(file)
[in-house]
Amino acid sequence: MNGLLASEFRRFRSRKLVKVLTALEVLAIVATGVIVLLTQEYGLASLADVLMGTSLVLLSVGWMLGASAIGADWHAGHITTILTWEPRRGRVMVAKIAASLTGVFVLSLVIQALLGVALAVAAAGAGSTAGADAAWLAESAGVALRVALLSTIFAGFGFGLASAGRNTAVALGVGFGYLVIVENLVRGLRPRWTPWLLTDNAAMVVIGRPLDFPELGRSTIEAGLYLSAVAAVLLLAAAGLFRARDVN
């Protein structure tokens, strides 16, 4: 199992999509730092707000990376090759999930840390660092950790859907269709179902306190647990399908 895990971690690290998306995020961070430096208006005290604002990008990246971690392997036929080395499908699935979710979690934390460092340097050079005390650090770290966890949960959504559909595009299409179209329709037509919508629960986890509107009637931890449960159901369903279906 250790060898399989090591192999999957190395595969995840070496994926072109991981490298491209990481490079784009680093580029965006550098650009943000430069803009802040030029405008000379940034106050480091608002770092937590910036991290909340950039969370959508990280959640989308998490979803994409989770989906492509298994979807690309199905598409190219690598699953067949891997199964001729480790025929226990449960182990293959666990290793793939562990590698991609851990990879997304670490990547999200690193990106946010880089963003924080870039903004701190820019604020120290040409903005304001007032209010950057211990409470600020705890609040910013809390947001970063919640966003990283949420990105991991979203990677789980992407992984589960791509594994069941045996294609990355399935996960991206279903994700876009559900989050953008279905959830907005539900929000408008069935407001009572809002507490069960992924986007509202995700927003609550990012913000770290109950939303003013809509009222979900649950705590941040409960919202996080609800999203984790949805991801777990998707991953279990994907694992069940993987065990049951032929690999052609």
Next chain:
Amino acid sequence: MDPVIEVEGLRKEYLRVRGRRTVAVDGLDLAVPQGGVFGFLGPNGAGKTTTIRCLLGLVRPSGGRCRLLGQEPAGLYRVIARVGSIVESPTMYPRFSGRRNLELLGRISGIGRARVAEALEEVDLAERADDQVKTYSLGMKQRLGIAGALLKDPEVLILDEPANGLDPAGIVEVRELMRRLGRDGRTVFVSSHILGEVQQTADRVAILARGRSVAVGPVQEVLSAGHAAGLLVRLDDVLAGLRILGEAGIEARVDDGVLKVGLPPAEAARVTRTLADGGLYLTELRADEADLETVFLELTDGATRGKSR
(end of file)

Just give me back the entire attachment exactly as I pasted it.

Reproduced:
[in-house]
Amino acid sequence: MNGLLASEFRRFRSRKLVKVLTALEVLAIVATGVIVLLTQEYGLASLADVLMGTSLVLLSVGWMLGASAIGADWHAGHITTILTWEPRRGRVMVAKIAASLTGVFVLSLVIQALLGVALAVAAAGAGSTAGADAAWLAESAGVALRVALLSTIFAGFGFGLASAGRNTAVALGVGFGYLVIVENLVRGLRPRWTPWLLTDNAAMVVIGRPLDFPELGRSTIEAGLYLSAVAAVLLLAAAGLFRARDVN
């Protein structure tokens, strides 16, 4: 199992999509730092707000990376090759999930840390660092950790859907269709179902306190647990399908 895990971690690290998306995020961070430096208006005290604002990008990246971690392997036929080395499908699935979710979690934390460092340097050079005390650090770290966890949960959504559909595009299409179209329709037509919508629960986890509107009637931890449960159901369903279906 250790060898399989090591192999999957190395595969995840070496994926072109991981490298491209990481490079784009680093580029965006550098650009943000430069803009802040030029405008000379940034106050480091608002770092937590910036991290909340950039969370959508990280959640989308998490979803994409989770989906492509298994979807690309199905598409190219690598699953067949891997199964001729480790025929226990449960182990293959666990290793793939562990590698991609851990990879997304670490990547999200690193990106946010880089963003924080870039903004701190820019604020120290040409903005304001007032209010950057211990409470600020705890609040910013809390947001970063919640966003990283949420990105991991979203990677789980992407992984589960791509594994069941045996294609990355399935996960991206279903994700876009559900989050953008279905959830907005539900929000408008069935407001009572809002507490069960992924986007509202995700927003609550990012913000770290109950939303003013809509009222979900649950705590941040409960919202996080609800999203984790949805991801777990998707991953279990994907694992069940993987065990049951032929690999052609």
Next chain:
Amino acid sequence: MDPVIEVEGLRKEYLRVRGRRTVAVDGLDLAVPQGGVFGFLGPNGAGKTTTIRCLLGLVRPSGGRCRLLGQEPAGLYRVIARVGSIVESPTMYPRFSGRRNLELLGRISGIGRARVAEALEEVDLAERADDQVKTYSLGMKQRLGIAGALLKDPEVLILDEPANGLDPAGIVEVRELMRRLGRDGRTVFVSSHILGEVQQTADRVAILARGRSVAVGPVQEVLSAGHAAGLLVRLDDVLAGLRILGEAGIEARVDDGVLKVGLPPAEAARVTRTLADGGLYLTELRADEADLETVFLELTDGATRGKSR